After a month-long hiatus in August to string tennis rackets, visit family, and get the fall semester started, I am back to work examining American gun culture. At the end of October and again in November, I will be presenting research to the Society for the Scientific Study of Religion and the American Society of Criminology on the relationship between religion and gun ownership in the United States.
So, I have begun reading the scholarly literature on the topic and hope to throw a few posts up here about what I am finding as I go. I begin with one of the first sociological studies of gun ownership based on nationally-representative survey data and published in a peer reviewed journal.
Wright, James D., and Linda L. Marston. 1975. “The Ownership of the Means of Destruction: Weapons in the United States.” Social Problems 23 (1):93-107.
Using data from 1973 General Social Survey, Wright and Marston paint a descriptive picture of who owned guns in American society in the early 1970s. They used two questions:
- “Do you happen to have in your home or garage any guns or revolvers?”
- “Is it a pistol, rifle, shotgun, or what?”
They find that 47% of American households report having at least one gun in it, and 20% have a handgun. The 47% gun ownership figure was consistent with survey results (citing Gallup) back to 1959.
A key descriptive table from this paper highlights some of the many demographic correlates of gun ownership. (The authors also use multivariate statistics to isolate key causal factors, but for simplicity I do not reproduce that here.)
Coming out of the tumultuous 1960s, the authors note concern about the prevalence of guns in the urban North. But their major findings on the distribution of gun ownership are similar to today: a 35% gap between those who live in rural areas as compared to big cities, and a 22% gap between those who live in the South and others.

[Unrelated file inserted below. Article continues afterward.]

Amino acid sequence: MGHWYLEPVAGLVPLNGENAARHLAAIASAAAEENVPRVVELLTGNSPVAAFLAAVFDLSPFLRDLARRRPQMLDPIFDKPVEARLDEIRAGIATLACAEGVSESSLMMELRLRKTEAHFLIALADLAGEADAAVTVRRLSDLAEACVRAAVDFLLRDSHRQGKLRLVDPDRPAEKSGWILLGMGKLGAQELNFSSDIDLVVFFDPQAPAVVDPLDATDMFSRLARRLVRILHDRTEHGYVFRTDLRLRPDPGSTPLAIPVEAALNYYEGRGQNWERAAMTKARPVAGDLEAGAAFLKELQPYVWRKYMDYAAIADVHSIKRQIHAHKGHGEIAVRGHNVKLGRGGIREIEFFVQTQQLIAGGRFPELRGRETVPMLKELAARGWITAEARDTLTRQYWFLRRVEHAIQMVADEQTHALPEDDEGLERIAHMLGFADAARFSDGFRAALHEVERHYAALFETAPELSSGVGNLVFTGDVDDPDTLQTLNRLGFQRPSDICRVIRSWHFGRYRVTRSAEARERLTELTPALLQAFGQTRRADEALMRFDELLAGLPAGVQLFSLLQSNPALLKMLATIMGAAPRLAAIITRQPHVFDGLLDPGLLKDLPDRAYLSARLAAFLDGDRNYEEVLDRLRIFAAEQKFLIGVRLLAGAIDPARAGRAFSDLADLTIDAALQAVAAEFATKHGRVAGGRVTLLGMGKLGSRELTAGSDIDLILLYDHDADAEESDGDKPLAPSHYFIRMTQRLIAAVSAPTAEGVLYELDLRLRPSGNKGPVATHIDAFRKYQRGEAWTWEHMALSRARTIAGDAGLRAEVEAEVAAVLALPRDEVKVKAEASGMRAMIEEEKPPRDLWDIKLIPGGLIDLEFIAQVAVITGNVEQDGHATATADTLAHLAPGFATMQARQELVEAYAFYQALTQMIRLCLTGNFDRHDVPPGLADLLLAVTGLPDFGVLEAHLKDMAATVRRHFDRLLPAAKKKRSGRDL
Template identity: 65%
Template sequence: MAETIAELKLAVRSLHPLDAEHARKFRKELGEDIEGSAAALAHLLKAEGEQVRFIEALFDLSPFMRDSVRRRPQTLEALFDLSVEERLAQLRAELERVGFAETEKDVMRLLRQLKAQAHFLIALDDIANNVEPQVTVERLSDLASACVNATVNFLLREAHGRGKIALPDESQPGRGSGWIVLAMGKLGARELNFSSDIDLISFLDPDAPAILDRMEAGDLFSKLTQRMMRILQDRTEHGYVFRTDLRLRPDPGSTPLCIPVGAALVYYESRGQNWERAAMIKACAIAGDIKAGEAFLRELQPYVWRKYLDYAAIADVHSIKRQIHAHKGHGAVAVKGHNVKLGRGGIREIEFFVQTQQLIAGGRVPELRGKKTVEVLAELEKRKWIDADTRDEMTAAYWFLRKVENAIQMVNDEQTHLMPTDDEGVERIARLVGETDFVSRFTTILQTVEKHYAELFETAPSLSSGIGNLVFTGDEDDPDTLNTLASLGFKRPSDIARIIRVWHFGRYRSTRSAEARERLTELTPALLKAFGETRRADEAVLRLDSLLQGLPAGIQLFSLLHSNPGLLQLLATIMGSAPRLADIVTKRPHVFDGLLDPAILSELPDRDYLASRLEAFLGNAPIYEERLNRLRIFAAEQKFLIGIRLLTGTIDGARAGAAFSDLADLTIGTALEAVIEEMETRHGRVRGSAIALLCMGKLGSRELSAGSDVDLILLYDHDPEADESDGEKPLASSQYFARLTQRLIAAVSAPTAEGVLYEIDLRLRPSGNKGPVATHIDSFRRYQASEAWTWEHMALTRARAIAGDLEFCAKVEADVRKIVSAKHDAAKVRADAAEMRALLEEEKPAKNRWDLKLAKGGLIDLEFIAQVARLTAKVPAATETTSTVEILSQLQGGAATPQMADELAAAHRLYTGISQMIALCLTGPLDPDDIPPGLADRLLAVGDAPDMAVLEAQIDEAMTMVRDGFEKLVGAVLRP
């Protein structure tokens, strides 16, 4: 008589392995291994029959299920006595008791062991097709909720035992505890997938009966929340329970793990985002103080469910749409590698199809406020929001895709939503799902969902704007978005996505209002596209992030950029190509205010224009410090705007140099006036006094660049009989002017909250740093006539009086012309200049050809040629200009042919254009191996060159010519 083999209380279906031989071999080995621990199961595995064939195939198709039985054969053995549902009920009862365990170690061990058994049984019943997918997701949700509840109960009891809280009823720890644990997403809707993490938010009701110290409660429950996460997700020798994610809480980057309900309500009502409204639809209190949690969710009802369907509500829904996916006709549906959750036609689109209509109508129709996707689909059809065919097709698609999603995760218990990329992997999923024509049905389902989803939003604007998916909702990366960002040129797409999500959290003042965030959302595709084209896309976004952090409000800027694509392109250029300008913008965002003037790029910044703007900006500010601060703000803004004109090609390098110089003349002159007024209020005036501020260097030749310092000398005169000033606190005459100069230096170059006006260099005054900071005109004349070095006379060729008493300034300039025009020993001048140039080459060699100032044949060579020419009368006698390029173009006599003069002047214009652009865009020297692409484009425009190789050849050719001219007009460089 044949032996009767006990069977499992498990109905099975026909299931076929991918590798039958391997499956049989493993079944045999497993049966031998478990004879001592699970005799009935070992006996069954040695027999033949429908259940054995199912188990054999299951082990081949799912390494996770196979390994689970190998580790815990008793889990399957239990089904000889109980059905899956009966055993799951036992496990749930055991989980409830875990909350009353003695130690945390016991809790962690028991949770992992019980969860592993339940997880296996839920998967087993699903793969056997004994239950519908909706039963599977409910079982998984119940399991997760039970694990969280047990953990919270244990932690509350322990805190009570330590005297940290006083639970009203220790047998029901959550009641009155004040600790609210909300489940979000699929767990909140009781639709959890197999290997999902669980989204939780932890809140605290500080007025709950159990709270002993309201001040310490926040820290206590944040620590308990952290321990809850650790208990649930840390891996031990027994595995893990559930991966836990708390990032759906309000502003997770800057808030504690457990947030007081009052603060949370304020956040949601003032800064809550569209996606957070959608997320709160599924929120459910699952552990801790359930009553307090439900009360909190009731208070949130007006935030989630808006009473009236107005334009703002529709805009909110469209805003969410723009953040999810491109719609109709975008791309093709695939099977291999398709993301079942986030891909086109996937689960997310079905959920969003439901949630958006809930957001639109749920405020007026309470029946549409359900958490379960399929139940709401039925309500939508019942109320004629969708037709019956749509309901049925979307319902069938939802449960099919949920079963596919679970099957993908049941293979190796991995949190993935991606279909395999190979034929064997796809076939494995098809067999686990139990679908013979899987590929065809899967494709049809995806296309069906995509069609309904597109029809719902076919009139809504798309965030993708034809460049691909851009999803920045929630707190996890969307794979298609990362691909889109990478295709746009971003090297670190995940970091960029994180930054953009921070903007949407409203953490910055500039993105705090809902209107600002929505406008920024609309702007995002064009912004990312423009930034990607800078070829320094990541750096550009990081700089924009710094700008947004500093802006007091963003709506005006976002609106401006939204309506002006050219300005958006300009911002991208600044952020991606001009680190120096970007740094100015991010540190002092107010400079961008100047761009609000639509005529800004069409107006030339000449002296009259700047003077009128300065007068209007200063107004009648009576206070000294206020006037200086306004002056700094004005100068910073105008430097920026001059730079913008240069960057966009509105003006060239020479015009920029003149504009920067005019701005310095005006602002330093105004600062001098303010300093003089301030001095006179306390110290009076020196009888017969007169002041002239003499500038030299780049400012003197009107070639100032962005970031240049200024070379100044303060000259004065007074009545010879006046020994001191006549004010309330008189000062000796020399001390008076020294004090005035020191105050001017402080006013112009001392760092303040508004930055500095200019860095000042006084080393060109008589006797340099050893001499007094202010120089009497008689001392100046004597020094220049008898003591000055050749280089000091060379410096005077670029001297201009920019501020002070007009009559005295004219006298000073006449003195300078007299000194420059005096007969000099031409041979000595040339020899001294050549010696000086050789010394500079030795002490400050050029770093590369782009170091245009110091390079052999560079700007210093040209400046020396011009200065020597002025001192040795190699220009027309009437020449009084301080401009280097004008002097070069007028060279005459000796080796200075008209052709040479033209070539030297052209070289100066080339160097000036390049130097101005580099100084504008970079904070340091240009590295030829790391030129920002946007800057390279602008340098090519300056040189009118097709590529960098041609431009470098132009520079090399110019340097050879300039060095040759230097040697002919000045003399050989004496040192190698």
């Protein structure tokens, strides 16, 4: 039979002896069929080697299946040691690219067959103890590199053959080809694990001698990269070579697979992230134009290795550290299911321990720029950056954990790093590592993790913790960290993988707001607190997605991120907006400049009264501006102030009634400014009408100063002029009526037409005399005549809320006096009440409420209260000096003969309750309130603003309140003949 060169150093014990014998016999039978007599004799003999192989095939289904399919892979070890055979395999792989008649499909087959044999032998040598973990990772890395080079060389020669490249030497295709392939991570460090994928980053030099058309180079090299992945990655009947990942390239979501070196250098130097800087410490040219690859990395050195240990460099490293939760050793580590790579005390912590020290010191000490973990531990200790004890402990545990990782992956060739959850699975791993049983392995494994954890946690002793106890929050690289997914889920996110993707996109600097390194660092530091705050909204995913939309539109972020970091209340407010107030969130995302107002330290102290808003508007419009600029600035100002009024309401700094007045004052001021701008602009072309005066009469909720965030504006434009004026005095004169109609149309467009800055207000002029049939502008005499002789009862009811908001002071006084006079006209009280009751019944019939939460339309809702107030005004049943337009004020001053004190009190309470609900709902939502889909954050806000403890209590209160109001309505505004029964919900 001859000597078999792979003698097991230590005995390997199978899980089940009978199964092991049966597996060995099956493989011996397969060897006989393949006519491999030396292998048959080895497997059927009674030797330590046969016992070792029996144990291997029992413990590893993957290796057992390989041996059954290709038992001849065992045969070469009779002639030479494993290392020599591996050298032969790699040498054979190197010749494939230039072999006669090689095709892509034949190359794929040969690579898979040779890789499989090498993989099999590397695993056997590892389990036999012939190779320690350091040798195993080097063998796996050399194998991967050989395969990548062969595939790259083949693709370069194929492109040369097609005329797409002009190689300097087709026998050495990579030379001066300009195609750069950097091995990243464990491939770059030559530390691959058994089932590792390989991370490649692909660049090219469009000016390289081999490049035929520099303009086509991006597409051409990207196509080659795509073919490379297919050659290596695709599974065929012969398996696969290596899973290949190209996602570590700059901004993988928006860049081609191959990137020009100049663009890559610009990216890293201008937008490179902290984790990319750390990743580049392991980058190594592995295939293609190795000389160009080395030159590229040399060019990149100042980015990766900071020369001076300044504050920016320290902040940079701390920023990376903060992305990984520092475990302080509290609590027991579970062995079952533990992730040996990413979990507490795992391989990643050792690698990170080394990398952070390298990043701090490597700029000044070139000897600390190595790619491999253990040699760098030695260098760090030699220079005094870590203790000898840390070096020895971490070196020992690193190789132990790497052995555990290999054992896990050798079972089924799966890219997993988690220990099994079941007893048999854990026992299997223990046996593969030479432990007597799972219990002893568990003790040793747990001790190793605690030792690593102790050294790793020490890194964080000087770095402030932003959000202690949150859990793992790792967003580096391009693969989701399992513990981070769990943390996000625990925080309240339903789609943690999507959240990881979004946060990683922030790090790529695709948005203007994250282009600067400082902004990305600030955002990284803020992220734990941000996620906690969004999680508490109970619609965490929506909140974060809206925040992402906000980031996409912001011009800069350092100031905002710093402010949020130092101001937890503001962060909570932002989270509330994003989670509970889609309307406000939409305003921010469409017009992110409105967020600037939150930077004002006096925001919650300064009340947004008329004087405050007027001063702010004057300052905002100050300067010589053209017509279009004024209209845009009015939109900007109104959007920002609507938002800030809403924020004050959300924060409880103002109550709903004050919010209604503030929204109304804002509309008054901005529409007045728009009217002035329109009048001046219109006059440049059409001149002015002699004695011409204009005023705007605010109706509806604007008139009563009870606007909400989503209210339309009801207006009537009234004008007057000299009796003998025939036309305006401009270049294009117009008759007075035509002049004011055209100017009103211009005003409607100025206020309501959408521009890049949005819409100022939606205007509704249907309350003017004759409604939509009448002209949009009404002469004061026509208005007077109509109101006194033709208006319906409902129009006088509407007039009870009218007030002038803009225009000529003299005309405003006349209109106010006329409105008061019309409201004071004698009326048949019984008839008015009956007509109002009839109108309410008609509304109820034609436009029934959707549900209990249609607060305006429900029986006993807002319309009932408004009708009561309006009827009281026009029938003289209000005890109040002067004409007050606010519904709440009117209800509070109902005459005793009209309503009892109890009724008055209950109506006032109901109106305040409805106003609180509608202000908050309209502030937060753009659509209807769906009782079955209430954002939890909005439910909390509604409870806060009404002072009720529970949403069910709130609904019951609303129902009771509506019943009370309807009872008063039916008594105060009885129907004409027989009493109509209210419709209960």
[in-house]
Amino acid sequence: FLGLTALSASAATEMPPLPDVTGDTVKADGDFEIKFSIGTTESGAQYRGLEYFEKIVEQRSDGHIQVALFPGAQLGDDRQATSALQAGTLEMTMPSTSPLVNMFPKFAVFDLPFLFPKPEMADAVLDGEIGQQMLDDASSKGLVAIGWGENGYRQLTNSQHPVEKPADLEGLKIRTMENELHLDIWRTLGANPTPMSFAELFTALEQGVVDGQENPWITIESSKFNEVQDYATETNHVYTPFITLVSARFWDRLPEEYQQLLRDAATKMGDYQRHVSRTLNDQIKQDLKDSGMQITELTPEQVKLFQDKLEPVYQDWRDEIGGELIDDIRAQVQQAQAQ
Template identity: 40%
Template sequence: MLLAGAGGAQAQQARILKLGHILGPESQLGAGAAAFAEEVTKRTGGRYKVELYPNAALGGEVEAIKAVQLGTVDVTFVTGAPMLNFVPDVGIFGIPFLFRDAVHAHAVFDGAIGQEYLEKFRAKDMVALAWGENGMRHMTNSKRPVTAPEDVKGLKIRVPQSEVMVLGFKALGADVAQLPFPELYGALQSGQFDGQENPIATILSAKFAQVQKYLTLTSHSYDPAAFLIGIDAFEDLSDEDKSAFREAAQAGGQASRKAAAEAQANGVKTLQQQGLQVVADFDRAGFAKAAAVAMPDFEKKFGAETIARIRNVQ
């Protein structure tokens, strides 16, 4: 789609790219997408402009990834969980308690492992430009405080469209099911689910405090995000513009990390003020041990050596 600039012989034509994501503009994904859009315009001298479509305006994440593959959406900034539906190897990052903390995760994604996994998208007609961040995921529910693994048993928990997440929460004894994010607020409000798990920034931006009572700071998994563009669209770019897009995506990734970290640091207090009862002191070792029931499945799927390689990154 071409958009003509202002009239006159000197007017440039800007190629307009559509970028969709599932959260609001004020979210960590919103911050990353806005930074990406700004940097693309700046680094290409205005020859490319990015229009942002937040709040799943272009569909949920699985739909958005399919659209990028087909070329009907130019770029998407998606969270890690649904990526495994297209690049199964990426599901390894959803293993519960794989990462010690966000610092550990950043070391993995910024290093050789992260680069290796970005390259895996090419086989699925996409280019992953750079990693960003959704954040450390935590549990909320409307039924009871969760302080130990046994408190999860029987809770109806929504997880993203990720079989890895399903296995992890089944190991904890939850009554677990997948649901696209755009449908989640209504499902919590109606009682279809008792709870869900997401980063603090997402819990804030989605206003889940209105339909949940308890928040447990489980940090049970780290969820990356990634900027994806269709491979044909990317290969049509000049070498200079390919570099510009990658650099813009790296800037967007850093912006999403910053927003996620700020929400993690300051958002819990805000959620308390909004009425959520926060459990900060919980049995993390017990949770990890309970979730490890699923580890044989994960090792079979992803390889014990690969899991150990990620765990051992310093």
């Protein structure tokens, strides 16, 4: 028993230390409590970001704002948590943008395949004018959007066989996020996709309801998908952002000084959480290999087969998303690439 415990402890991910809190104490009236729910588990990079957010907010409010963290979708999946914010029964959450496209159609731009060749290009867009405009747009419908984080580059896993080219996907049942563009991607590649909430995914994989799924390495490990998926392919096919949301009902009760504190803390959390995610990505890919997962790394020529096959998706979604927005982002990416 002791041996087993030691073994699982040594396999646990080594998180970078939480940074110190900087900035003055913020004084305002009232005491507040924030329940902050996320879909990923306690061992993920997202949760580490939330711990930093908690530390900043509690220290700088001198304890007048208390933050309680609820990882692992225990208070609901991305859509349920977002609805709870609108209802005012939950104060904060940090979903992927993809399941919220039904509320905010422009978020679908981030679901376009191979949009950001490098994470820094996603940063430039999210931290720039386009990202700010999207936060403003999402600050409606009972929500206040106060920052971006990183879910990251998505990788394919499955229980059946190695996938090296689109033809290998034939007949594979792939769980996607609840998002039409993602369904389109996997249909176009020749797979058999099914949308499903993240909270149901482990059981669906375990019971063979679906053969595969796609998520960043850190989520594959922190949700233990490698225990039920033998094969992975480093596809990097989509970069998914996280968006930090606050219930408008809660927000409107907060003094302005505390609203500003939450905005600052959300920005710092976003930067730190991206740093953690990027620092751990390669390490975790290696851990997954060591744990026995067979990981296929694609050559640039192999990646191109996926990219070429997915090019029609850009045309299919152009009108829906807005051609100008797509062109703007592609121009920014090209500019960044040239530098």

Income and occupational prestige were also positively and linearly related to gun ownership making gun ownership in general a middle-class rather than a poor or working class phenomenon.
In terms of religion, Protestants were more likely to report gun ownership generally (56.3%) than other groups (Catholic = 35.1%, Jew = 14.3%, None = 32.3%, Other = 21.2%).
This also applied to ownership of handguns: Protestants (25.4%) were more than twice as likely as any other religious group to own handguns (Catholic = 11.6%, Jew = 4.8%, None = 12.6%, Other = 5.9%). (Note: This Protestant difference is statistically significant in multivariate statistical models.)
The authors do not have data to explain WHY Protestants are more like to own guns, even after controlling for other demographic characteristics. They do offer some speculation, however, such as seeing guns as representing a commitment to the “American Way of Life,” and especially to the spirit of independence that characterized the American frontier.
I am hopeful that later studies of the relationship between religion and gun ownership can help to unpack this empirical connection in greater detail, and I have some thoughts of my own on this issue that I hope to share later. Stay tuned.